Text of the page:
The Presidential Election Petitions Tribunal sitting in Abuja will today deliver judgement in the petition filed by the presidential candidate of the Peoples Democratic Party (PDP), Atiku Abubakar and his party against the victory of President Muhammadu Buhari of the All Progressives Congress (APC) in the February 23, 2019 election.
The secretariat of the tribunal located at the premises of the Court of Appeal, Abuja Division had yesterday indicated that the judgement will be delivered today by 9.00a.m.
The notice reads: “Presidential Election Tribunal: Please be informed, notice has been given for judgement to be delivered tomorrow (today) September 11, 2019, 9.00am.”
The Electoral Law had provided for the Tribunal to hear and determine the petition within 180 days. The time frame elapses on Sunday, September 15.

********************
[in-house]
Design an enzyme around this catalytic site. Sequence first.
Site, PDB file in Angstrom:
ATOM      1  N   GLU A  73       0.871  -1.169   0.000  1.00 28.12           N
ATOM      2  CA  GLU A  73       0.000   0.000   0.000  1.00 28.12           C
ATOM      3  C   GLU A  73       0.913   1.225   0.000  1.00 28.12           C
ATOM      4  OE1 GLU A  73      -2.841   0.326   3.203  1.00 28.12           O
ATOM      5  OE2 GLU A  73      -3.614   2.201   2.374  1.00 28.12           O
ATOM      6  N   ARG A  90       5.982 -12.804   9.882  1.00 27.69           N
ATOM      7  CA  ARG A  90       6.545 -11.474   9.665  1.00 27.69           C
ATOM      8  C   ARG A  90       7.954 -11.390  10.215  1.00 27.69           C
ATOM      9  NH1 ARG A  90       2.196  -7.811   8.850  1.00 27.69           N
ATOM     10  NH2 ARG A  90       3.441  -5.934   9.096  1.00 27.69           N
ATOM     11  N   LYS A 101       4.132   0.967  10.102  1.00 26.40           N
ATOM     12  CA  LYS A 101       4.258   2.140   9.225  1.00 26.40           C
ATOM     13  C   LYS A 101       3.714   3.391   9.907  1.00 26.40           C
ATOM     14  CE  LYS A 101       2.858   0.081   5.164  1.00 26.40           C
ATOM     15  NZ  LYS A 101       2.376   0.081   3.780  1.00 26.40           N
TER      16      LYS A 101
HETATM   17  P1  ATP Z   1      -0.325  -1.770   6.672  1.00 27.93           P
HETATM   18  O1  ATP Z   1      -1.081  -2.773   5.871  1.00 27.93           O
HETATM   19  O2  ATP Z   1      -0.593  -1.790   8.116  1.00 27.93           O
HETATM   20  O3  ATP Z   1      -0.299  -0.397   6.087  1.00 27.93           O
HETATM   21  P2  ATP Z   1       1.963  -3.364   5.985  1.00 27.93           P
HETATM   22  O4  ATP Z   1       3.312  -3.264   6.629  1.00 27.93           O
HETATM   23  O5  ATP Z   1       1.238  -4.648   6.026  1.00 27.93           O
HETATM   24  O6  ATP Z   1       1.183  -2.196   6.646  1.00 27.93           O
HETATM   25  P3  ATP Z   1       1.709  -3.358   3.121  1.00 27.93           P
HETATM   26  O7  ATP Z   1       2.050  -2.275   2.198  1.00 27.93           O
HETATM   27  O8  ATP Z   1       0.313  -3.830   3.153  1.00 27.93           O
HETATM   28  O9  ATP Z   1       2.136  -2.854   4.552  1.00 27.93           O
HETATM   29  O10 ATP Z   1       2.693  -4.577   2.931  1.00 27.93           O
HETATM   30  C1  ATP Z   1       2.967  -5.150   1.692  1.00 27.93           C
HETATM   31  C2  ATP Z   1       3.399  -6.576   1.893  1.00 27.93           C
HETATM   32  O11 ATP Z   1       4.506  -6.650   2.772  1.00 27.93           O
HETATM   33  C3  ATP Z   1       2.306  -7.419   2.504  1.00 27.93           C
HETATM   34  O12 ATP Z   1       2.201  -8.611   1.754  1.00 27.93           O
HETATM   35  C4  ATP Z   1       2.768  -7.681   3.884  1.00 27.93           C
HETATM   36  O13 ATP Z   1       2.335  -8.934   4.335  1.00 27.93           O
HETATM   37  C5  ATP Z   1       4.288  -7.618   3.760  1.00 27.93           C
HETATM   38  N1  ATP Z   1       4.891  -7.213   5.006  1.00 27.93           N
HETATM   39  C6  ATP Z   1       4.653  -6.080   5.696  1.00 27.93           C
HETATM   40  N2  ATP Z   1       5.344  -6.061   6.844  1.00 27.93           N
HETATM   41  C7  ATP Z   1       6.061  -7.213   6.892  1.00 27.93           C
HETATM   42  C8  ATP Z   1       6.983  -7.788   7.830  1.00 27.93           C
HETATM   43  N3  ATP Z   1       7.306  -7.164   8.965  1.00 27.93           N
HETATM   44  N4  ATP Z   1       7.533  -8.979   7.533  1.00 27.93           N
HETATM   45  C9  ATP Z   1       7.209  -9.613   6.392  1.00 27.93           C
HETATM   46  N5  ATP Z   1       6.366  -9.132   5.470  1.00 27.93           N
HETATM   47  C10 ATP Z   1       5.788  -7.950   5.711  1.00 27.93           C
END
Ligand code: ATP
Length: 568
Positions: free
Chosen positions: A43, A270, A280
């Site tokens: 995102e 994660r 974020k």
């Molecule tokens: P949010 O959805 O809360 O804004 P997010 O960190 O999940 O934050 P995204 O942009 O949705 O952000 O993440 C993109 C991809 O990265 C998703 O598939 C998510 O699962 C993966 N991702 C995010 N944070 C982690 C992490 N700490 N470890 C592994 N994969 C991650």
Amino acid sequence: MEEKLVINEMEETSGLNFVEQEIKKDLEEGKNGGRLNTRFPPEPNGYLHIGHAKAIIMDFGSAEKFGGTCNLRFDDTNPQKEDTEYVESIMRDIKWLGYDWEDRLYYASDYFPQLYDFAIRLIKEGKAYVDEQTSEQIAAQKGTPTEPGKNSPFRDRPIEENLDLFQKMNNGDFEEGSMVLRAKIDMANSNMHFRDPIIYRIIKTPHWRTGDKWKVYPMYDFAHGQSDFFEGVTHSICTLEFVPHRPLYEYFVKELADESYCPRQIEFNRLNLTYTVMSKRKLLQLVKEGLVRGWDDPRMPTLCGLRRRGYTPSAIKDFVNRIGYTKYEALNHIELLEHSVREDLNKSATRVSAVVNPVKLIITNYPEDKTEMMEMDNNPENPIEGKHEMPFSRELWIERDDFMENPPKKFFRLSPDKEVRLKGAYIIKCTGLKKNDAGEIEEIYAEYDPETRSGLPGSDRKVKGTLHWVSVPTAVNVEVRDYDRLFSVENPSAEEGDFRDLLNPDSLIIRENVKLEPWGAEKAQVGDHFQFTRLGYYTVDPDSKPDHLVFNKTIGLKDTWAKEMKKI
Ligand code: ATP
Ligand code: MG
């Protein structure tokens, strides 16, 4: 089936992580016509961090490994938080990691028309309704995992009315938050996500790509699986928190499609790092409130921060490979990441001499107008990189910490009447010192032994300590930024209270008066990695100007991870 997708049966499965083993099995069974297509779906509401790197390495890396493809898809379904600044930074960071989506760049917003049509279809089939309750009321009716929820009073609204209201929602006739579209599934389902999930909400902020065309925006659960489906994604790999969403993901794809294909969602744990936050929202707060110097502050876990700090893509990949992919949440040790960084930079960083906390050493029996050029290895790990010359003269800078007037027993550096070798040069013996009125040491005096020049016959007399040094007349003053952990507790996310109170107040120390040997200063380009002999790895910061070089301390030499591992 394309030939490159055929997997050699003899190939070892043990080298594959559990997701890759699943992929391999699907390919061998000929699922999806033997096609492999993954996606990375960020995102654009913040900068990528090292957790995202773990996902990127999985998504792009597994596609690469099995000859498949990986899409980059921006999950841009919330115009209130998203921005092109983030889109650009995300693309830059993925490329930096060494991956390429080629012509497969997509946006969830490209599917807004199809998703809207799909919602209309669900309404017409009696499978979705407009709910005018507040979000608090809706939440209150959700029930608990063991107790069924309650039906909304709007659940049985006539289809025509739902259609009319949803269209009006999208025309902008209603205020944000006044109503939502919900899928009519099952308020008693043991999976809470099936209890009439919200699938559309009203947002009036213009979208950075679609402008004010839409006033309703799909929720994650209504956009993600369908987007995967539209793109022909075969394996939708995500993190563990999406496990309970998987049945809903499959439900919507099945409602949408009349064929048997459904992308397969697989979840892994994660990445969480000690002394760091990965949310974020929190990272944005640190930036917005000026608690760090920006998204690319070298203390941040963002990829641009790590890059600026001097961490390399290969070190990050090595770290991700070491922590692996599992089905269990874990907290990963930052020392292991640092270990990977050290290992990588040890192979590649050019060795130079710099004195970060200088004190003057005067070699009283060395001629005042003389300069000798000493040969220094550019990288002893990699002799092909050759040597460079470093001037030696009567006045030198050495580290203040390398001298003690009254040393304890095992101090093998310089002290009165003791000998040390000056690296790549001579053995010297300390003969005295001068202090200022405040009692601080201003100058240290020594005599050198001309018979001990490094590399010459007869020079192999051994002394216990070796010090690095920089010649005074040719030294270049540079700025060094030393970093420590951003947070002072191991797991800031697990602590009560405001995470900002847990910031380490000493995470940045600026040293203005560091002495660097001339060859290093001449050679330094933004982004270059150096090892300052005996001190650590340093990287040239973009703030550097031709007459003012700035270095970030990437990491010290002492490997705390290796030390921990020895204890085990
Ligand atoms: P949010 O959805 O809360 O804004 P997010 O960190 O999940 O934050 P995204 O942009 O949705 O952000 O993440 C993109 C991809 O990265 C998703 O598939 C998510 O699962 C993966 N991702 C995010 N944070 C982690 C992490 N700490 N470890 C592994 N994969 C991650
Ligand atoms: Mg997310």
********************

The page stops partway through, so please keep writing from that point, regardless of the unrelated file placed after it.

Justice Mohammed Garba, Chairman of the five-man panel of justices had stated that the judgement date would be communicated to parties.
The Independent National Electoral Commission (INEC) had on February 27, declared Buhari and his party, the APC, as the winner of the presidential election, having polled a total of 15,191,847 votes to defeat his closest rival, Atiku, who it said polled a total of 11,262,978 votes.
Atiku, PDP’s petition
Not satisfied with the result, Atiku and his party had in a joint petition approached the Tribunal through their team of lawyers led by Dr. Livy Uzoukwu (SAN) to challenge the election on the ground that the result released by INEC was not the true position of the election.
It was the contention of the petitioners that they won the election, based on the results transmitted electronically to INEC’s server.